Despite not actually having a car in production, the firm Faraday Future has headline-writers gushing about its “Tesla-killing supercar” – an all-electric car that looks like the Batmobile.
There is no doubting that the FFZero1 concept car just unveiled at the Consumer Electronics Show in Las Vegas this week is eye-catching, but it’s one of a number of new and transformed car brands. For example, the Detroit Electric SP:01 or the recently announced Fisker Force 1 and London Taxi Company’s TX5.
What these companies have in common is a part- or fully-electric powertrain, a willingness to experiment with new business models, and Chinese funding.
In a lecture given in 2010, Coventry University Professor Tom Donnelly predicted that the Chinese had the global auto market in their sights. The size of the Chinese domestic market and the challenges of meeting standards in competitive Western markets mean that it’s unlikely we will see forecourts spilling over with Chinese brands such as Geelys or Dongfengs any time soon. But as Chinese manufacturing moves up the value chain, China is using its financial clout to buy-up well-known brands and supply expertise.
Buying a technological lead
The most obvious example of this trend is the purchase of Volvo by Geely: this sturdy Swedish brand brings first-rate expertise and supply-chain networks. The part-purchase of Peugeot by Dongfeng follows a similar logic. Just as important is that these purchases provide the scope to enable Chinese manufacturers to test global markets and gain credibility, not just in Europe and America, but in the all-important domestic market where foreign brands remain (for now) highly prized.
This is a classic example of a technological catch-up strategy, and there are plenty of examples of other multi-nationals in emerging markets playing the same game – India’s Tata Motors asute purchase of Jaguar Land Rover, for example.
But, as the FFZero1 demonstrates, there is also something else happening: a leap-frog strategy whereby Chinese firms seeks to exploit new emerging technologies to gain an edge on Western competitors in fields that are still wide open.
BYD Autos’s Denza car, built through a collaboration with Germany’s Daimler AG, is an electric vehicle that competes on price and performance with anything currently on the market. Hail a cab in Brussels and – ironically, given the EU’s efforts to promote alternative fuels – if the car is electric, it’s probably a Denza.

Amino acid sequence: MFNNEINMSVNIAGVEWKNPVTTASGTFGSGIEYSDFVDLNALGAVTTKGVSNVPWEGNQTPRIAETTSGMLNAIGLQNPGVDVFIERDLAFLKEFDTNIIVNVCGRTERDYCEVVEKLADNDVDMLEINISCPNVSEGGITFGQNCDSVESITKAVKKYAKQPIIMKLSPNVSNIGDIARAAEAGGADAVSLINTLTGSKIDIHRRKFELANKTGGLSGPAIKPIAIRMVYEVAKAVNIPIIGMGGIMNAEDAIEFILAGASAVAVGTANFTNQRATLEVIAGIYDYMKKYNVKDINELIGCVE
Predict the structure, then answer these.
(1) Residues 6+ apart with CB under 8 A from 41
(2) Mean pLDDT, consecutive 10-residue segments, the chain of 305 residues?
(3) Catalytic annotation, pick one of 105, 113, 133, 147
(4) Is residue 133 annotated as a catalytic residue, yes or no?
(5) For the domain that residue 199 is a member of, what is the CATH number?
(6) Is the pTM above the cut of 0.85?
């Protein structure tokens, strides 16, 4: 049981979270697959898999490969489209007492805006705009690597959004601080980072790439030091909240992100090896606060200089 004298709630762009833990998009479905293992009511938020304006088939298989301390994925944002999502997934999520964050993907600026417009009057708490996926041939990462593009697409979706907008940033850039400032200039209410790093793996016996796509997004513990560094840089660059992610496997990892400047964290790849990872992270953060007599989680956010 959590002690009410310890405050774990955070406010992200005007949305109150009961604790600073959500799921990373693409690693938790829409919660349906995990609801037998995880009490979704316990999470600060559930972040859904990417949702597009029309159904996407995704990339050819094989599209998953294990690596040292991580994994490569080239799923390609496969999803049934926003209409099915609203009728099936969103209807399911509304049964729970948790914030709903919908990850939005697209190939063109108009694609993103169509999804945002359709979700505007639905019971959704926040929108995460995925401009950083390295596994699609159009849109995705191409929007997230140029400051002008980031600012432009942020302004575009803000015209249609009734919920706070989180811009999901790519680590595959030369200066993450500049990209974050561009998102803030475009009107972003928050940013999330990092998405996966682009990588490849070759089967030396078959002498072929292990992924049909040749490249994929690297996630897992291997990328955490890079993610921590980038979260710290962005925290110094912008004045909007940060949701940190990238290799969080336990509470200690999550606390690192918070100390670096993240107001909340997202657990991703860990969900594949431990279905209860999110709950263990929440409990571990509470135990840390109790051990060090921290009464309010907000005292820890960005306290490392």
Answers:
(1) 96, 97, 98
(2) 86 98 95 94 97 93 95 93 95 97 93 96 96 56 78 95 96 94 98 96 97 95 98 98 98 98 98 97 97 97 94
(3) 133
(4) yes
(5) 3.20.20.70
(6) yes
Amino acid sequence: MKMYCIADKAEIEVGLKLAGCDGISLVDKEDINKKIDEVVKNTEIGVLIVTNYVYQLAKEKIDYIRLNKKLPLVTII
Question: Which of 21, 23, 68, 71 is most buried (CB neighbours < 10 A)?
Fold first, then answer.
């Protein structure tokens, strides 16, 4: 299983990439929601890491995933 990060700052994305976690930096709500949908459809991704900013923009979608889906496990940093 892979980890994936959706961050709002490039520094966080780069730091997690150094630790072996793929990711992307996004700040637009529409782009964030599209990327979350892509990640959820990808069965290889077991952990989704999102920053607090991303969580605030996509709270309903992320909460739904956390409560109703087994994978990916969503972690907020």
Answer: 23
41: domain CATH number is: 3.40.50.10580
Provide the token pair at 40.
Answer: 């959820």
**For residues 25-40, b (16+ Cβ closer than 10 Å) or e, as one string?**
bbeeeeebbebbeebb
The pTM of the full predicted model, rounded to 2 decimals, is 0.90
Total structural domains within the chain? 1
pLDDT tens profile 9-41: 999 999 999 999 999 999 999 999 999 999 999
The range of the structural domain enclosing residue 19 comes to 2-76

This is due in part to a conscious effort from the government in Beijing. The 2012 Energy Saving and New Energy Vehicle Industry Development Plan seeks to reduce energy dependency on Middle East states, tackle the air pollution problem, grow the Chinese car market and build a technological lead.
Global companies, global markets
Yet this spate of investment in electric supercars is arguably more a product of global connections and globally-minded individuals.
Alan Lam, former Executive Director of Lotus Cars, revived the Detroit Electric brand by bringing together access to US markets and technology, UK design expertise, and Chinese investment.
Billionaire investor Jia Yueting has sought to challenge (and emulate?) Tesla Motor’s CEO Elon Musk by backing Faraday Future’s prestigious, and at this stage concept-only, sportscar. Faraday Future brings much-coveted US expertise in energy storage, autonomous car intelligence and connectivity, but is aimed squarely at China as one of the key target markets.
Are we witnessing a land-grab of the future automotive industry? Should we be worried? Certainly the Chinese aren’t alone in looking at alternative fuels and new business models – every automotive industry company management team and a good few technology companies have this firmly on their radar. We’ve also been here before: waves of US and Japanese firms have in the past embarked on shopping sprees as the firms go global and internationalise their markets. Now Chinese, and Indian, firms are doing the same. Yet China is different, with Chinese firms demonstrating a huge appetite for creating global connections with enormous scope for experimentation based on its dizzying number of competing domestic and international brands.
To emphasise, it’s not just Chinese money that’s driving this wave of new ventures, but an awareness of the benefits that can come from harnessing the strengths of the different technology, design, supply chains, and target markets. It’s equally refreshing to see how entrepreneurs such as Alan Lam, with his international background, are willing and able to roll the dice and develop new car marques that may succeed or fail in segments traditional car-makers may overlook.
How far Faraday Future gets to realising its vision remains to be seen. But it is this combination of new technologies, new players and new attitudes that’s driving a wave of fresh initiatives. The good news is, with the right connections, there are opportunities for everyone.
- Research Associate – Centre for Business in Society, Coventry University
- This article first appeared on The Conversation